Physical Science

Physical science is the study of the physical world around you. Learn about everything from electricity to magnetism in this section.

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We take the mystery out of reporting the percent error correctly and show you how to use it in real life.

By Mark Mancini

The iconic "school bus yellow" was the invention of an educator named Frank Cyr. But if yellow is so good for visibility, why don't all fire trucks use it too?

By Dave Roos

Want to know the area of your pizza or the kitchen you're eating it in? Come on, and we'll show you how to figure it out with an area formula.

By Thomas Harlander

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The very idea of trying to subtract one fraction from another may send you into convulsions of fear, but don't worry — we'll show you how.

By Jesslyn Shields

It's called fusion ignition and it's being hailed as a historic development in nuclear fusion that could pave the way for clean energy. We talked to a nuclear physicist who explained it all.

By Carolyn Kuranz

You can find the distance between two points by using the distance formula. It's an application of the Pythagorean theorem. Remember that from high school algebra?

By Mark Mancini

The science is pretty simple. It's all about oxidation (the chemical reaction that makes rust). It's just sped up super fast.

By Kristen Hall-Geisler

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When a peta and a tera won't do, you can now call on the quetta or the ronna prefixes. But just how big are these new metric systems of measurement?

By Alia Hoyt

A rise in carbon-14 in the early 1960s from nuclear bomb testing and radioactive contamination had some unexpectedly useful side effects. It's called the bomb pulse, but its benefits won't last forever.

By Patrick J. Kiger

How large does a random group of people have to be for a 50 percent chance to exist that at least two of the people will share a birthday?

By Laurie L. Dove

It looks completely impossible that this rock should stand, balanced as it is, but it has not moved since the last ice age.

By Jesslyn Shields

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In 1999, a worker at a Japanese nuclear fuel plant was exposed to critical levels of radiation. He's still thought to have suffered the worst radiation burns in history. He lived for 83 agonizing days afterward as his body all but disintegrated.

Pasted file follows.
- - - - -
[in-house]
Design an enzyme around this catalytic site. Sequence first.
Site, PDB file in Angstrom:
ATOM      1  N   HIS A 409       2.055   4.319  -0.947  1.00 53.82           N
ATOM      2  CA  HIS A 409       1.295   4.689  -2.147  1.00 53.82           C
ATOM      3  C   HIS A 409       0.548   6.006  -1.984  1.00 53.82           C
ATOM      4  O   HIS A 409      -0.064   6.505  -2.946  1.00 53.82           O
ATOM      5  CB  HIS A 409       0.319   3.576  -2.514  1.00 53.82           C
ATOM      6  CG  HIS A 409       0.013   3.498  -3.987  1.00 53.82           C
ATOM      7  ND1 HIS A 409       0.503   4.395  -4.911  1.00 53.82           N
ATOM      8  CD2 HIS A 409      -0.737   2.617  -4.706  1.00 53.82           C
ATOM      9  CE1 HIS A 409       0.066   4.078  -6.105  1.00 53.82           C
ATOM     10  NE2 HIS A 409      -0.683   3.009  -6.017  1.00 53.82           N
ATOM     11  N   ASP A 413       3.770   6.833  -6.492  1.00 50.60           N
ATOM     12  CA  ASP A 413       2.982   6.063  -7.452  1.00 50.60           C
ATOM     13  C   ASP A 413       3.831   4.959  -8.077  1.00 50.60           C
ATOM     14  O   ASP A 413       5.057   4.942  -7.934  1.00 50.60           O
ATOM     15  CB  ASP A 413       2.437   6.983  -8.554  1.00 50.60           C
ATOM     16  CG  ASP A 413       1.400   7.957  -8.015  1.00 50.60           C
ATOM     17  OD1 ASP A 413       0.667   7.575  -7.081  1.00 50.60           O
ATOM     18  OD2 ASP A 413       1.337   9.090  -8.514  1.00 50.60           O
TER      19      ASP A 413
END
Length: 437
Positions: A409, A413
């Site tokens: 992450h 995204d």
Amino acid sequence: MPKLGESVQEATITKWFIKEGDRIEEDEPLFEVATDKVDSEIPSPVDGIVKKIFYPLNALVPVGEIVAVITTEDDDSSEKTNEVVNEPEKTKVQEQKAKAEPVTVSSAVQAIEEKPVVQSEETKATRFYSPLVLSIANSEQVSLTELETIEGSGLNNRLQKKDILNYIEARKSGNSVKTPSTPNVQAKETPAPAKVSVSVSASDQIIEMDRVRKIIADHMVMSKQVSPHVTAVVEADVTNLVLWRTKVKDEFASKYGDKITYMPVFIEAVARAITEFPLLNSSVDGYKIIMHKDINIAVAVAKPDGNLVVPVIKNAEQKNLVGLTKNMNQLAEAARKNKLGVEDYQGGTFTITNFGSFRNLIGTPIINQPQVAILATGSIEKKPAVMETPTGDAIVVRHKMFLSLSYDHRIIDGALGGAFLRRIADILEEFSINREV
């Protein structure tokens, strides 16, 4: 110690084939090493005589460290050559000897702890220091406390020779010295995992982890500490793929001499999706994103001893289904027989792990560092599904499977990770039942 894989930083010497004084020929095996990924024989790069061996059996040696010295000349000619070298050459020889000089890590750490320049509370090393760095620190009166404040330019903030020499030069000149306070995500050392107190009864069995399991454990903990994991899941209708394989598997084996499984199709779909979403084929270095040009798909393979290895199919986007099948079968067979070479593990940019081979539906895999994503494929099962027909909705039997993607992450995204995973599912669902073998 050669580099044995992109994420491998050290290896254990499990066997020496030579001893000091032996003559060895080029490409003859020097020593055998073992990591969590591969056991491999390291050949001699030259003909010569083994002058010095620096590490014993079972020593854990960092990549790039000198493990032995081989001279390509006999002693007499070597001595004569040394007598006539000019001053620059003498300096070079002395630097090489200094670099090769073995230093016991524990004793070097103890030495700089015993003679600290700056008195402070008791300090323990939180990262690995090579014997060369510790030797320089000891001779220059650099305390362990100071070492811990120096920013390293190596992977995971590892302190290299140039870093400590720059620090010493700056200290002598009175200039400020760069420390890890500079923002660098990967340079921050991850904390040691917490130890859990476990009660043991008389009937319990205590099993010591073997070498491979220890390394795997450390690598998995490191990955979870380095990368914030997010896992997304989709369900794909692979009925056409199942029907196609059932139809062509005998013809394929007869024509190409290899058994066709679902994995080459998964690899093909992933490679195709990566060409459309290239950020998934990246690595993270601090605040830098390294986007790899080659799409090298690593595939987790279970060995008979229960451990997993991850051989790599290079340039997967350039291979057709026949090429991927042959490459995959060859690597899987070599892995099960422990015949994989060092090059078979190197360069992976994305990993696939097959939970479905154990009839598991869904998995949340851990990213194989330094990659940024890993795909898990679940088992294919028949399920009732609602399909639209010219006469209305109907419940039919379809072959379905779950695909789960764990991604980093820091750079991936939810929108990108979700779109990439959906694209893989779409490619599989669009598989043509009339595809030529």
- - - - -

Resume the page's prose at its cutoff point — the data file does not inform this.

By Patrick J. Kiger

There are many types of energy in the world, from potential and kinetic to electrical and thermal, along with many others. But what exactly is energy?

By Mark Mancini

All bubbles pop — that's a fact of life. But what's the science behind the short life and inevitable pop of a bubble?

By Allison Troutner

Scientists created this expanding black hole illusion to show how your mind can trick your eye.

By Kathryn Whitbourne

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With a little patience, you can master this trick of converting binary code to decimals — and have fun doing it!

By Mark Mancini

The answer to the question "Does time exist?" may seem obvious, but is it? And what if time doesn't exist, but is merely a human construct?

By Sam Baron

A decade of science and trillions of collisions show the W boson is more massive than expected. A physicist on the team explains what it means for the reigning model of particle physics.

By John Conway

Superacids are those with an acidity greater than sulfuric acid. So which is the most super of superacids and what exactly is it used for?

By Allison Troutner

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Your eyes aren't playing tricks on you. Those mountains way off in the distance really do look blue, and it's because of how light wavelengths scatter in the atmosphere.

By Mark Mancini

Both degrees and radians represent the measure of an angle in geometry. So, how do you convert one to the other?

By Mark Mancini

Most of the world uses meters, apart from the U.S. and a few other countries. So what's an easy way to convert from meters to feet and vice versa?

By Mark Mancini

Finding the range of a set of numbers is an easy subtraction problem!

By Jesslyn Shields

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We all have favorite colors. But have you ever considered why you like one color more than another?

By Allison Troutner

There was a time (4,000 years ago) when simply being able to add might get your name on a clay tablet or help you accumulate vast wealth.

By Dave Roos